Participants at a two-day workshop on Parent-Child Communication on Sexuality Education, have called for a deliberate effort to target parents in the implementation of Comprehensive Sexuality Education (CSE) in schools and the community level.

They said the content of the CSE was not inimical to the development of young people especially children in schools and that the involvement of parents, as critical stakeholders, would ensure its successful implementation.

They said if parents become conversant with the content of the CSE, through effective sensitization, it would produce more effective results since parents spend more time with their children.

The workshop, attended by parents with adolescent children, was to build capacities of participants on how to effectively communicate with their children on their sexual and reproductive health.

It was organized by the United Nations Population Fund (UNFPA) Ghana with funding from the Canadian Government.
Participants were taken through topics such as parent and child communication techniques, sexual and gender-based violence, sexually transmitted infections as well as values and societal norms.

During an open forum, all the participants were unanimous that parents should not be left out of the CSE implementation in order to achieve the desired results.

They applauded the UNFPA for leading such a worthy cause and called on all stakeholders to support the implementation for the common good of the young.

Some of them who spoke to the Ghana News Agency (GNA) on the sidelines of the workshop said they had a different opinion about the CSE prior to the workshop, but were now convinced that it was in the interest of both parents and children.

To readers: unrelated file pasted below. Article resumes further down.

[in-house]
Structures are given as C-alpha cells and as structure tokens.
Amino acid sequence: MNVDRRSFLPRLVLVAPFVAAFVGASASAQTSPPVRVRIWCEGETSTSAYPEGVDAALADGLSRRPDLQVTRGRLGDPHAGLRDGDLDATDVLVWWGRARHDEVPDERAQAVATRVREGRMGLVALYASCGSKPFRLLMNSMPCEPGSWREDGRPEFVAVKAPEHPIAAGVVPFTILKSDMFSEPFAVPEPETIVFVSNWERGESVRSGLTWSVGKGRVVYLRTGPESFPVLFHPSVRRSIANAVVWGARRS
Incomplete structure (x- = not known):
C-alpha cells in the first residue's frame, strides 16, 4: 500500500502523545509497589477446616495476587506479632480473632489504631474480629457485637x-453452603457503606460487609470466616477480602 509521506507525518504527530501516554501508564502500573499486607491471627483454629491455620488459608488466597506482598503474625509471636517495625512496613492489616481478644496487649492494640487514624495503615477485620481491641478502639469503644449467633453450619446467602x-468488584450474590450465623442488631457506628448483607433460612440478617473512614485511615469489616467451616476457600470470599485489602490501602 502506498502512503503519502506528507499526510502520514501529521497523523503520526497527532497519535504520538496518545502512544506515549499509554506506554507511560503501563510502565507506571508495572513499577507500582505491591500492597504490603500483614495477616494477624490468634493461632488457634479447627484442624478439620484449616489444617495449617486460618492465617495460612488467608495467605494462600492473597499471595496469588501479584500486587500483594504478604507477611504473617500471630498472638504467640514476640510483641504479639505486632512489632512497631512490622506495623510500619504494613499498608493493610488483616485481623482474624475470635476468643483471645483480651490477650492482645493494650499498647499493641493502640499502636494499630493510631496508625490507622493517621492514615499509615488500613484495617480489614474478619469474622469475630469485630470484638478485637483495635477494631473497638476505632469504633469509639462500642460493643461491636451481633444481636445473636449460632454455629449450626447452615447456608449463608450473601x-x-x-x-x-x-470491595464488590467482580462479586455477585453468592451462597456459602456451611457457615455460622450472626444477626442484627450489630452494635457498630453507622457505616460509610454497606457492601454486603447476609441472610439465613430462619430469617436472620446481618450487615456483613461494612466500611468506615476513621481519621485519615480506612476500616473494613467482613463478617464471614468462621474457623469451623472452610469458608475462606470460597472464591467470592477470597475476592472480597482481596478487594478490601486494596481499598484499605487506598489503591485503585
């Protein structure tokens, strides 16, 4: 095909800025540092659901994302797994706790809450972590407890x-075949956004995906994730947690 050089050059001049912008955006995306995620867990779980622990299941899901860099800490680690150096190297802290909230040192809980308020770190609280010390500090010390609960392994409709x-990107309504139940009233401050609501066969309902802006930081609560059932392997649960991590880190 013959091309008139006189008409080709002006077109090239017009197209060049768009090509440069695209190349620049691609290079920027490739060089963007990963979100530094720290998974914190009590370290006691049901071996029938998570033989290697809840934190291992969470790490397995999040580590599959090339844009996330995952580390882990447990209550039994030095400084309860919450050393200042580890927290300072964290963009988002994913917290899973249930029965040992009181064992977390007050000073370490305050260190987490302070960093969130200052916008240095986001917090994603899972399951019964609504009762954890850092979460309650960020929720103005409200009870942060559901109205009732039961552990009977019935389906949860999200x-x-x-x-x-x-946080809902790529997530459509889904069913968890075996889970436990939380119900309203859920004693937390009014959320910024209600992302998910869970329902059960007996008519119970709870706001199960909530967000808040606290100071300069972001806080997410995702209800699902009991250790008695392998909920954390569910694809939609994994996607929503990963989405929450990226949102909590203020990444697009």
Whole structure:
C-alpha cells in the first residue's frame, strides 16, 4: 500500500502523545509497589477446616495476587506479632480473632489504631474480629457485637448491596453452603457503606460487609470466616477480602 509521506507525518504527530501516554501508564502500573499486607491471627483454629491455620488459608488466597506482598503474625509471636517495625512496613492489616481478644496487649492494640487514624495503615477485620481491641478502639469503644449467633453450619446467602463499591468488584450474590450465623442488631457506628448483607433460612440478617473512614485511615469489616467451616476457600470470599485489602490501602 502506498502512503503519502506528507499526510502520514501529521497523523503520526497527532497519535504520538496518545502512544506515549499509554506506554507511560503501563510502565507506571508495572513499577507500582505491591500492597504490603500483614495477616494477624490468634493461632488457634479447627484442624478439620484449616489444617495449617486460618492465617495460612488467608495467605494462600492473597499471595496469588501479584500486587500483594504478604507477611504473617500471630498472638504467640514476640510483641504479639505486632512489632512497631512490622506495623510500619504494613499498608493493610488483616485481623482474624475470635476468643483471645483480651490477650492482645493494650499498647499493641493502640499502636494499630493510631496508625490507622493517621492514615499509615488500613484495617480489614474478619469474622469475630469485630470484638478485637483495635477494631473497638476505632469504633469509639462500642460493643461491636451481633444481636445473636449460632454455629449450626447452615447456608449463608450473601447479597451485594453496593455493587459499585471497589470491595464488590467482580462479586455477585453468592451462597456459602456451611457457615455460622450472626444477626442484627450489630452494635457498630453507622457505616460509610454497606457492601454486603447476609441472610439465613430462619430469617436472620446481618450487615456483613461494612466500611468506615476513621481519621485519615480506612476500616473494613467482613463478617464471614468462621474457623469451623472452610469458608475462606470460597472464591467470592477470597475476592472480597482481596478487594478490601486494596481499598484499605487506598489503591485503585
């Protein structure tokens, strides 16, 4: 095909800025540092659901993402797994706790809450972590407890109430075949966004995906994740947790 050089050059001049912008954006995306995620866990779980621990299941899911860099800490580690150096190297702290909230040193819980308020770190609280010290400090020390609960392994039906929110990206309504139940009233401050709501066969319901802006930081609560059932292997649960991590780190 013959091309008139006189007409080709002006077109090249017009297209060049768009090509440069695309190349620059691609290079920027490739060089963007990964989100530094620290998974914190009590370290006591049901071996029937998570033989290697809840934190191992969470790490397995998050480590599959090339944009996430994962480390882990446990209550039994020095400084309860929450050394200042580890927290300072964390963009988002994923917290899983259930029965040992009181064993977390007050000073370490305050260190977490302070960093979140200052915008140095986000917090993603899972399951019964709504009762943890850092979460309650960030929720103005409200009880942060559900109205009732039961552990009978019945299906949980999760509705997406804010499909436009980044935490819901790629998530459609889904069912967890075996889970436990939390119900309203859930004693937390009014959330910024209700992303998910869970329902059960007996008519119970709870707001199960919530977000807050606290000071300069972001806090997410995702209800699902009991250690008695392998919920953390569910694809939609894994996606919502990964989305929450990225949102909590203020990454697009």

Mrs Diana Asamoah, one of the participants from Buokrom in Kumasi, said the knowledge she acquired at the workshop would not benefit only her household but her entire neighbourhood, as she would take advantage of social gatherings to educate young people on the their sexuality.

Mr Emmanuel Ocran, a parent of a physically-challenged adolescent, said he was now well-equipped to educate his daughter on how to protect herself from anyone who may want to take advantage of her.

He expressed the hope that more parents with disabled children would benefit from such training adding that it was very rewarding.

Dr Abraham Nyarko, a Communication consultant, who facilitated the training, said it is imperative for parents to start talking to their children about sexuality and reproduction before they start dating.
He said parents must avoid negative forms of communication which could plant seeds of mistrust and low self-esteem in children.

Children who feel loved and accepted by their parents, he said, are more likely to open up and share their thoughts, feelings and concerns with their parents.

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